Women & Writing panel addresses how #MeToo has impacted women journalists

Written by Mackenzie Rossero, CAS communications intern

We are living in a #MeToo world and, recently, four notable women journalists came to talk about it.

On Saturday, February 24, Miami University's Chapter of the Society of Professional Journalists and the Scholars in Writing for the Media Program presented an event titled "Women & Writing: Finding Your Voice in a #MeToo World."

L to R: Society of Professional Journalists (SPJ) student co-president and article author Mackenzie Rossero, Kimber Myers, Lorraine Boissoneault, Jessica Contrera, Kate Fagan, and SPJ student co-president Kirby Davis

Guests included Kate Fagan of espnW, Lorraine Boissoneault (Miami '12) of Smithsonian Magazine, Kimber Myers (Miami '04) of the Los Angeles Times, and Jessica Contrera of The Washington Post. The event included a keynote presentation by Fagan, a panel with all four women, and intimate breakout sessions with each writer after lunch. There, students were able to speak to the women about their most well-known work.

As a co-president of Miami's chapter of the Society of Professional Journalists, senior journalism and American studies major Kirby Davis played a key role in planning this event.

"I'm really glad we got to bring all these female journalists to Miami," said Davis. "“The journalism major is mostly female, so this was a great opportunity for everyone to learn what it's really like to be a woman working in media today."

Patti Newberry, area director of journalism in the Department of Media, Journalism & Film, was wowed by the writers' range and success.

"Each is doing truly notable work in different areas," she said. "Lorraine writes incredible pieces tied to important moments in history. Jessica brings fresh and lively writing to stories about how we live our lives. Kimber has found great success in the competitive world of film review. And Kate is a superstar in the small community of female sports journalists working at the national level."

Navigating Traditionally Male Corners of Journalism

photo of Kate Fagan


During her keynote presentation, Fagan spoke a lot about her experiences as a woman in the sports world, as well as her time spent writing her article "Split Image" and book What Made Maddy Run about Madison Holleran, a University of Pennsylvania student who died by suicide in 2014.

Though Fagan started out in print journalism, she eventually made her way into television — where she began to gain an understanding of gender discrimination in the workplace. As sexual assault allegations became more frequent in the sports world, Fagan found herself asked to discuss them more and more.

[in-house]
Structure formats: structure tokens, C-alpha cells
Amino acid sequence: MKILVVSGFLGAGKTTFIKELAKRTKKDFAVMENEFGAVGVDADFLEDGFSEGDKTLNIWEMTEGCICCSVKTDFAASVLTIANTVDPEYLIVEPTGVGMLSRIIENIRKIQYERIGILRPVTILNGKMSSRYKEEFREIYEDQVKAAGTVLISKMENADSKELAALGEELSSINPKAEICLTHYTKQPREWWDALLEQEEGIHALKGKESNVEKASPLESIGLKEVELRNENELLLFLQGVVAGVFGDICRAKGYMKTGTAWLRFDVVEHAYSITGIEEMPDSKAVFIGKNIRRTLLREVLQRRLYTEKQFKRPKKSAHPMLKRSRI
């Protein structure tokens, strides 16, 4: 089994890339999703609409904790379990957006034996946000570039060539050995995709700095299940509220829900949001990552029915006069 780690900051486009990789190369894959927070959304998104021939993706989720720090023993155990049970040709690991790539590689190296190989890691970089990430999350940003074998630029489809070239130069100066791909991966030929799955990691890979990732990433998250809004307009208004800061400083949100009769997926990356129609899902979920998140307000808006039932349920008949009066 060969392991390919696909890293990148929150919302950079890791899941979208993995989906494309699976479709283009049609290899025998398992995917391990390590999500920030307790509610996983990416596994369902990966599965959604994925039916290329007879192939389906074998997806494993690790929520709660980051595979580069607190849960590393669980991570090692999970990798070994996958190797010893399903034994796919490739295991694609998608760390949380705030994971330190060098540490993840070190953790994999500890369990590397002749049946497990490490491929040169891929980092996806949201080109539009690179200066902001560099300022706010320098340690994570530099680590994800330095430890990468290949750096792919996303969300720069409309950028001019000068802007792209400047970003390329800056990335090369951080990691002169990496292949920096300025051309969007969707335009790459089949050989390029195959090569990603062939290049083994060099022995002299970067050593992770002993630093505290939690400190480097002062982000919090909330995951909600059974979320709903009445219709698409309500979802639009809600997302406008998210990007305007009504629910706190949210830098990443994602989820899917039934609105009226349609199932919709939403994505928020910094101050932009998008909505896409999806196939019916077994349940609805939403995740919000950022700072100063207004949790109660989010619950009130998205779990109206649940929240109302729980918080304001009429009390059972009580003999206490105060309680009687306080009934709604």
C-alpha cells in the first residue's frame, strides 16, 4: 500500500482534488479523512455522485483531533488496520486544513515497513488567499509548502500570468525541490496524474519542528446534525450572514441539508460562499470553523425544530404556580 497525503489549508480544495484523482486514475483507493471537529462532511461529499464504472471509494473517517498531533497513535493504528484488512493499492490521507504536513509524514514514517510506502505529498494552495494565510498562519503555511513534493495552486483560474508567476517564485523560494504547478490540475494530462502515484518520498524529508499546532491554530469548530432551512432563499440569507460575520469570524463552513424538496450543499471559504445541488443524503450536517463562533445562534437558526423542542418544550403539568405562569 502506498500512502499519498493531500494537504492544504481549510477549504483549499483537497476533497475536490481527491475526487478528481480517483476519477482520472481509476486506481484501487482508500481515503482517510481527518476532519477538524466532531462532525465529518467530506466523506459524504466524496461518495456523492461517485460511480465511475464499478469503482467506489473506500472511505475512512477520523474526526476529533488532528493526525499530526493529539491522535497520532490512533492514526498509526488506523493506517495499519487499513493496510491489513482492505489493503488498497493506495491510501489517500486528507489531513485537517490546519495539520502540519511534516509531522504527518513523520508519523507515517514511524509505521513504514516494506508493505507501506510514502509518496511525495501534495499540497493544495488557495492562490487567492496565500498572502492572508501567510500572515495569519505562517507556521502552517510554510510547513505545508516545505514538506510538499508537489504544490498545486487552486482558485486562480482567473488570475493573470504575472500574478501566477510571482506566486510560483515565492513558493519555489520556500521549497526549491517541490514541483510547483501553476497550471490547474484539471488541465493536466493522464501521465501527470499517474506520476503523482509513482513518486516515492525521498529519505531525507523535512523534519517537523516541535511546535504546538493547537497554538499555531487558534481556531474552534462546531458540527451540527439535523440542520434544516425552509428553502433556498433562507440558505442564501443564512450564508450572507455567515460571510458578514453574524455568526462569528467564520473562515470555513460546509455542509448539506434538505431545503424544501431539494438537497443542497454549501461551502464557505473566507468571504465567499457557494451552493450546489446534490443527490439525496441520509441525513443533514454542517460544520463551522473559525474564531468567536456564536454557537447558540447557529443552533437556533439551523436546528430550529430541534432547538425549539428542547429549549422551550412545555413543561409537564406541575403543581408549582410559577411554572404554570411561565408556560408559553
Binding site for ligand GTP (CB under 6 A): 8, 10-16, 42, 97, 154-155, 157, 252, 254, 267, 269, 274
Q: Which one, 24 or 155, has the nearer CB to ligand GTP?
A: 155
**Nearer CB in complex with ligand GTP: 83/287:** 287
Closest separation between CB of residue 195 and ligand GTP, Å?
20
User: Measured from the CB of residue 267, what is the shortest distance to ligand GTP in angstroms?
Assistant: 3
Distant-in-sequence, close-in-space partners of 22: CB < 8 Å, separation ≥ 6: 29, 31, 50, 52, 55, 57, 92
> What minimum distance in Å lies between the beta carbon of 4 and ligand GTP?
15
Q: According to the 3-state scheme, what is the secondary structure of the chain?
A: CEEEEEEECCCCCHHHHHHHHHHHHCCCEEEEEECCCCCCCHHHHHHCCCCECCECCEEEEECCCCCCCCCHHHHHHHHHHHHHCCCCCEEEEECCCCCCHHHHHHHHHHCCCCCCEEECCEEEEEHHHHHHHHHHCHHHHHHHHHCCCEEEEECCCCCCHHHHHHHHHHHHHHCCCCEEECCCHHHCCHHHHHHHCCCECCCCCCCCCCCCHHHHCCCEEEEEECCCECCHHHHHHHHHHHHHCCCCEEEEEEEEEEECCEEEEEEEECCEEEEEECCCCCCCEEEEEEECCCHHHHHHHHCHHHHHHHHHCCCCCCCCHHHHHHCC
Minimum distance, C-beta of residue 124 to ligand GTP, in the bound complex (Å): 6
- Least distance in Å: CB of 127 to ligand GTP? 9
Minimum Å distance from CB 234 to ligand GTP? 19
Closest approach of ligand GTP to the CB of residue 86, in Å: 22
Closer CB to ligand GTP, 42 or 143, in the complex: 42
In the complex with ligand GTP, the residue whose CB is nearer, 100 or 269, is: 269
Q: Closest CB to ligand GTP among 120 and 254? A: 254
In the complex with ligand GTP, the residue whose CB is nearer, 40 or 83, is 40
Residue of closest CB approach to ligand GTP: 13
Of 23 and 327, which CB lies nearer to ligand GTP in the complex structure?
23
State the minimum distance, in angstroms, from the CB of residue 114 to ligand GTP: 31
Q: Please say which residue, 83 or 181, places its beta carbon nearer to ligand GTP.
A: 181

And, in the beginning, she was rarely invited to discuss any normal sports issues. Fagan was proud to be speaking about the women-specific issues, but she had played college basketball and her knowledge went beyond the topics she was asked to discuss. She wanted to talk about other things too, like the Cavaliers and the Warriors and other gender-neutral topics that didn't require her input simply because she was a woman.

"I want my information and what I've worked on to be in the world. I want to be seen not just as the person who comes on TV and talks about these really hot-button issues," said Fagan.

Fagan was also happy to report that ESPN responded to this problem and that she was able to break out of the niche she had previously been in.

photo of Kimber Myers


However, she still experienced the difficulty that comes with being a woman journalist in the sports world. She recalled a time where she was asked to go on television on late notice — too late for the station to offer her a makeup artist as they usually did.

When she went on air without makeup, Fagan quickly realized that her viewers had nothing to say about the content she discussed in her segment — they were entirely focused on her lack of makeup. Why could male reporters go on television without makeup and have viewers focused on what they said, instead of how they looked?

In response to this, Fagan always requests makeup when she is going to be on camera, even though she doesn’t usually wear it. But Fagan knows that she has to conform to this expectation if her opinion is going to be heard.

"Nobody will listen to what I say, apparently, unless I have makeup on," she said.